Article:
With spring, the appetite for fresh herbs increases. Those who harvest the plant correctly will have longer of the fragrant green. First you use the largest leaves and top shoots up to the next leaf axils. This way new shoots can grow. The stems are cut off with a sharp knife or scissors. Basil (Ocimum basilicum) probably comes from India and Egypt, but has also been native to Europe for centuries. The name is derived from the Greek and means "king".
That is why the spice is also called king herb. The annual plant is one of the labiate flowers and grows up to 60 centimeters tall. There are over 60 species that differ in shape and color of leaves and in their aroma.
In Germany, the common basil is primarily widespread and is available all year round in herb pots, in bunches, dried and as frozen goods. In the garden and on the terrace, the herb thrives particularly well in a sunny and sheltered place. It needs water evenly, but does not tolerate waterlogging.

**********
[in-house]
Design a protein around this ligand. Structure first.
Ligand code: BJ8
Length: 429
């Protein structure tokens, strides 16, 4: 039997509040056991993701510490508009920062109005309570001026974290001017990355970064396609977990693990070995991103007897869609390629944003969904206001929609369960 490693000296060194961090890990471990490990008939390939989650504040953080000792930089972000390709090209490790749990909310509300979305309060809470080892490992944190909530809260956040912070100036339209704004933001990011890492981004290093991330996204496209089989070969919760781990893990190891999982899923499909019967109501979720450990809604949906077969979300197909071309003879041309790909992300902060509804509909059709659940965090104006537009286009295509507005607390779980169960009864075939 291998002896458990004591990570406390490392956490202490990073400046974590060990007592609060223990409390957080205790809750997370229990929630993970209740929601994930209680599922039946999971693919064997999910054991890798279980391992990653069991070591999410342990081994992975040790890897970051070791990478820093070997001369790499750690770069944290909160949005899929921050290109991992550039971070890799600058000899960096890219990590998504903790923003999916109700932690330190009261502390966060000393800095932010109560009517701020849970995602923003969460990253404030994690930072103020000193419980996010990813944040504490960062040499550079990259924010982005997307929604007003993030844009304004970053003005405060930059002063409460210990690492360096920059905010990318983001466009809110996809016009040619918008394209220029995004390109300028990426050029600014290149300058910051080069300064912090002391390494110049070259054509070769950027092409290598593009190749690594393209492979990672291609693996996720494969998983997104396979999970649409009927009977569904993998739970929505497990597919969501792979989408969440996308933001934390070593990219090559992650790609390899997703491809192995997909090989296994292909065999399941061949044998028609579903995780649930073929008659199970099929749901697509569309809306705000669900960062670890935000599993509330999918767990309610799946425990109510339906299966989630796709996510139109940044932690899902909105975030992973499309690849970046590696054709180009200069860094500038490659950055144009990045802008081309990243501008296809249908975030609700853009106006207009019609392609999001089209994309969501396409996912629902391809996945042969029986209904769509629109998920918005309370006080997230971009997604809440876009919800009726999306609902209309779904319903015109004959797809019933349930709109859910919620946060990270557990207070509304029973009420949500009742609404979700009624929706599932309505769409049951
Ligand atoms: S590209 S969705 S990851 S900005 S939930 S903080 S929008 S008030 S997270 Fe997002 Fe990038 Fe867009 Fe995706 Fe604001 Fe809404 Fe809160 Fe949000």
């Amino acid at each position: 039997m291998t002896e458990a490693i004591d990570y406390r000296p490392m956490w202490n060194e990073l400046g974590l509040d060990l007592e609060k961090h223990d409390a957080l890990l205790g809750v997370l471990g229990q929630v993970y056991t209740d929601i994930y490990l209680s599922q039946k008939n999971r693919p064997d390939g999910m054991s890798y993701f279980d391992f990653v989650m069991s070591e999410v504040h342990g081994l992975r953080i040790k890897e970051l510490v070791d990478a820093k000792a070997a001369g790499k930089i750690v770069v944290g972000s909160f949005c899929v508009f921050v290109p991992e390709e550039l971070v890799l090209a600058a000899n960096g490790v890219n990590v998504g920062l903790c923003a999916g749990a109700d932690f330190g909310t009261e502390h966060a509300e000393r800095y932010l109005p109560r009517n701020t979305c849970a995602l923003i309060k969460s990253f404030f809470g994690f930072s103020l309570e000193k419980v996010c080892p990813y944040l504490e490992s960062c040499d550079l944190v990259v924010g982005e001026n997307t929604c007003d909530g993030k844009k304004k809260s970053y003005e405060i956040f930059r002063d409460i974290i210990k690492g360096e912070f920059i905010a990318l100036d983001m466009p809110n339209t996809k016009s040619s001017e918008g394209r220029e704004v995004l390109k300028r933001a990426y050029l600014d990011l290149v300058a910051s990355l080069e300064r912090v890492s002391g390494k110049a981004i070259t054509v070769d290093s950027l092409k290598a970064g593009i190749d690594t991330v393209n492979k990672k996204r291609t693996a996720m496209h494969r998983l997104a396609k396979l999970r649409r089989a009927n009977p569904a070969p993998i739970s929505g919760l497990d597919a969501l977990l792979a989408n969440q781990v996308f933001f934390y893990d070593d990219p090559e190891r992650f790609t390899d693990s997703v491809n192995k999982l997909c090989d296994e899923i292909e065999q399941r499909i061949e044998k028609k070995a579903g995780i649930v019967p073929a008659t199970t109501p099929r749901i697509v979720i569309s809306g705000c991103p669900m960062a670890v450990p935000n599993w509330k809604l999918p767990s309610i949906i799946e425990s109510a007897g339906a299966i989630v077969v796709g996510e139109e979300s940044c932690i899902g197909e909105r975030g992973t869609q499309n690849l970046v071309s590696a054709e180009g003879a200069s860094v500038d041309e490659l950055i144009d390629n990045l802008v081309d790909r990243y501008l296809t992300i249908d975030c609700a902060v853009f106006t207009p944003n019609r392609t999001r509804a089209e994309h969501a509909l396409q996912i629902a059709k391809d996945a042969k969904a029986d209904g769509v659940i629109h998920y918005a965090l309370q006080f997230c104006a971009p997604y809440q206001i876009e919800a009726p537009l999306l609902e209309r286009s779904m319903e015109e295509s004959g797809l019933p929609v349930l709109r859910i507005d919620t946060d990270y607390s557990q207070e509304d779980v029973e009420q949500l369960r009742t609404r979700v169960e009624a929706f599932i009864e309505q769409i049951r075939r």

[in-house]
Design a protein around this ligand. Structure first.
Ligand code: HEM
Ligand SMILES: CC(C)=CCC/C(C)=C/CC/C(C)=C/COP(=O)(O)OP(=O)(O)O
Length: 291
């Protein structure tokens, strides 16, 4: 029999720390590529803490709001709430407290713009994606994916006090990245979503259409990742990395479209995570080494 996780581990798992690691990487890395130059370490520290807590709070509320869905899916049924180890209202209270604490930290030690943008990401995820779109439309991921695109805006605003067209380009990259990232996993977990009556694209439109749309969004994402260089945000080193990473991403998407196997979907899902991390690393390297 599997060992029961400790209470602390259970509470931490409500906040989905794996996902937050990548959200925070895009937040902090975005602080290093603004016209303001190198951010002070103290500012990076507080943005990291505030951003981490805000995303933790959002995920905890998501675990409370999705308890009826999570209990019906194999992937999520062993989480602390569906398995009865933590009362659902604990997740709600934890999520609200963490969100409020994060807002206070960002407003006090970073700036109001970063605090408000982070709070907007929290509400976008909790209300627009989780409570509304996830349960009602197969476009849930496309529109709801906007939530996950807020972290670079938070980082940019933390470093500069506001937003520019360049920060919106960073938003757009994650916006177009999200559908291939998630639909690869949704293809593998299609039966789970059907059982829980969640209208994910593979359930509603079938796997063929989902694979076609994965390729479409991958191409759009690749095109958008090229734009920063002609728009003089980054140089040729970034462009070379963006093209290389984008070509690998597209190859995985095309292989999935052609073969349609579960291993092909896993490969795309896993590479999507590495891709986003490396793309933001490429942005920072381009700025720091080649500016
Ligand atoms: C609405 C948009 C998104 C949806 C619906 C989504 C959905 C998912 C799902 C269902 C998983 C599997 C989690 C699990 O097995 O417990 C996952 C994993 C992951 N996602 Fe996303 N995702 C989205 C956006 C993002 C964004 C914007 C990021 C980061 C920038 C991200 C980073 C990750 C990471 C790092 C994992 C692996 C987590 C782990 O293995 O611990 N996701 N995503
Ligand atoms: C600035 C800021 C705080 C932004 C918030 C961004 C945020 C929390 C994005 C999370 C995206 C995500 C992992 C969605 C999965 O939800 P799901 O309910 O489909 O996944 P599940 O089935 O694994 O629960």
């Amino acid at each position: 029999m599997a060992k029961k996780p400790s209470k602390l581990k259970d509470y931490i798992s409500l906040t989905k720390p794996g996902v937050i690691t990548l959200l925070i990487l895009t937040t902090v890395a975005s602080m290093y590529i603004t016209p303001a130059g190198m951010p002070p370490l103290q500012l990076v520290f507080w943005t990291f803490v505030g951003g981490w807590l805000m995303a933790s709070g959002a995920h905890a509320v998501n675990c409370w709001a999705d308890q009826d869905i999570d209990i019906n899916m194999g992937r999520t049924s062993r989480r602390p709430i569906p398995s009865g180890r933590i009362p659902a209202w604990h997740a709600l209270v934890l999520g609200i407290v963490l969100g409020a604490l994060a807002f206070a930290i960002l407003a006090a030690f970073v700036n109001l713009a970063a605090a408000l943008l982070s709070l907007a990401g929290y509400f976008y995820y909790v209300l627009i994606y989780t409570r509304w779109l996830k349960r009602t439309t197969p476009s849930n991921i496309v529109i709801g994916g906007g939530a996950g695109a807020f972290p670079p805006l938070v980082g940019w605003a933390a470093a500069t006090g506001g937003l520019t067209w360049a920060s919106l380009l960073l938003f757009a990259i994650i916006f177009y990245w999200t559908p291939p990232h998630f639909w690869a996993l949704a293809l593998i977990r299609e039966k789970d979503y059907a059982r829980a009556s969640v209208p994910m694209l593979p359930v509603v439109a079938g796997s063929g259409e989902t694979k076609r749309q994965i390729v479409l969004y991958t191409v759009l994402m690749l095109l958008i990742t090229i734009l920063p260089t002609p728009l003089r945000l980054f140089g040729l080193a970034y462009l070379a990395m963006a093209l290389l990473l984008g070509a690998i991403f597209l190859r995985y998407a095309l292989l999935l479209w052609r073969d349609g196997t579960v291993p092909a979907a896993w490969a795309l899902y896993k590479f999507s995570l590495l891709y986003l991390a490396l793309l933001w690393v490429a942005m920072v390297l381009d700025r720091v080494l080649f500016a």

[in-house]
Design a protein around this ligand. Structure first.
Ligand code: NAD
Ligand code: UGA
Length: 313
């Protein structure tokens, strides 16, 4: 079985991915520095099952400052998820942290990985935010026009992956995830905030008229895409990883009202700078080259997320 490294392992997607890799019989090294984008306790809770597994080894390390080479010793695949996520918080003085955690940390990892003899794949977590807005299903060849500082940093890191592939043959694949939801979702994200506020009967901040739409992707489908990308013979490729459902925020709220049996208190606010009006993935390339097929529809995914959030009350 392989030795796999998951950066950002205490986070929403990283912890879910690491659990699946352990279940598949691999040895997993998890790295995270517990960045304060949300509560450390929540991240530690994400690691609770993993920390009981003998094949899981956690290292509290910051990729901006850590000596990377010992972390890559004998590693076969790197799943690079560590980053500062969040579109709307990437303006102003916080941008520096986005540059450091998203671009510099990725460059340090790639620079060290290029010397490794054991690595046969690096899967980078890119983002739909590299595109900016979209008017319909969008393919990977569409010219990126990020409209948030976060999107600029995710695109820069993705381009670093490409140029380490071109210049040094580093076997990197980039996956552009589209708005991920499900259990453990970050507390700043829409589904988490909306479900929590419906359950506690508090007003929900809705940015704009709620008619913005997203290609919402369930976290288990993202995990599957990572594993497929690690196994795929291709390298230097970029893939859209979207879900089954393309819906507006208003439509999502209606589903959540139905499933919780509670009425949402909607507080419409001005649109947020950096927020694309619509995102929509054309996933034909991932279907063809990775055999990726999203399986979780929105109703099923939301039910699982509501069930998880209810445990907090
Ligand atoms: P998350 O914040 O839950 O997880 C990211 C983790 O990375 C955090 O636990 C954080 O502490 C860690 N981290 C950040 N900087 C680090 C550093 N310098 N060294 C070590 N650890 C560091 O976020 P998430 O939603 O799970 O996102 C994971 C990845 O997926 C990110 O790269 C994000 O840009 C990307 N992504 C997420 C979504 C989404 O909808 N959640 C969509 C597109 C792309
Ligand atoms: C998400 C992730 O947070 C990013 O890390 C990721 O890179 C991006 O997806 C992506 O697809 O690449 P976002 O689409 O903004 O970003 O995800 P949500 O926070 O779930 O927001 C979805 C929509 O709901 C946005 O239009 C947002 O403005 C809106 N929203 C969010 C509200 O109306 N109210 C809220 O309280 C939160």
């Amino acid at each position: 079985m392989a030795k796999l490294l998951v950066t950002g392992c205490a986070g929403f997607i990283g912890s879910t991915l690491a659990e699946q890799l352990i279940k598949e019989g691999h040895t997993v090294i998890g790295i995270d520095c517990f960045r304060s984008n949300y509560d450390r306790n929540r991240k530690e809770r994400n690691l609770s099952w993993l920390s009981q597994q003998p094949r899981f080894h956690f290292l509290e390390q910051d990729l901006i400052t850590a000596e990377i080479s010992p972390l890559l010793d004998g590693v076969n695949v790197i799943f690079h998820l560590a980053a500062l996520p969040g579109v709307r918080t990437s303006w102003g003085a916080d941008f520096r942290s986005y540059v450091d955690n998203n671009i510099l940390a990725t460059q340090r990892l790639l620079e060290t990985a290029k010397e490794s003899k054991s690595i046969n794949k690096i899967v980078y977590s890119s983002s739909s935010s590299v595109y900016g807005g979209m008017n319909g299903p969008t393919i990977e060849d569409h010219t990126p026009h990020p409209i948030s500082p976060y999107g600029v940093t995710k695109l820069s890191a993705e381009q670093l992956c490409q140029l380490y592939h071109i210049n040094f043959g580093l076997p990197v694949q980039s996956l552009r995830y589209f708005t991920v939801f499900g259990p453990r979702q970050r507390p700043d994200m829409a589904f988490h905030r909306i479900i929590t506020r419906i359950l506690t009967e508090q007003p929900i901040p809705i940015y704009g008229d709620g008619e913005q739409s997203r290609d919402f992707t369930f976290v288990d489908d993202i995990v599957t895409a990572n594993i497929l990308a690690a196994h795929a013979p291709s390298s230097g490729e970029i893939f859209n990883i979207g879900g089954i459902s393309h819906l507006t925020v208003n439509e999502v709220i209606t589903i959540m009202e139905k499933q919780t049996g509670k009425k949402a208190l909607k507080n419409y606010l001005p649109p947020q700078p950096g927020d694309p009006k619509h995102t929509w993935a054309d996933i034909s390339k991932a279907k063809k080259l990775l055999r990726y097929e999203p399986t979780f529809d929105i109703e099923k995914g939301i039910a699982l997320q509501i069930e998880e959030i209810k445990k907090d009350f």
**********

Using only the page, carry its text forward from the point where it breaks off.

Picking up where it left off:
Basil has a spicy, strong taste and smells pleasantly aromatic. It goes perfectly with tomatoes, olive oil and lemons. Soups, sauces and salads can also be refined with basil. The leaves, however, do not tolerate heat. It is therefore best to use it raw or to add warm dishes at the end. “Pesto alla Genovese” with fresh basil, pine nuts, hard cheese, olive oil and garlic is particularly well known. For preservation, the leaves can be easily frozen in ice cubes or in vinegar or oil.
By the way, the basil contains essential oils and tannins that counteract a feeling of fullness and anorexia. (Heike Kreutz, aid.de)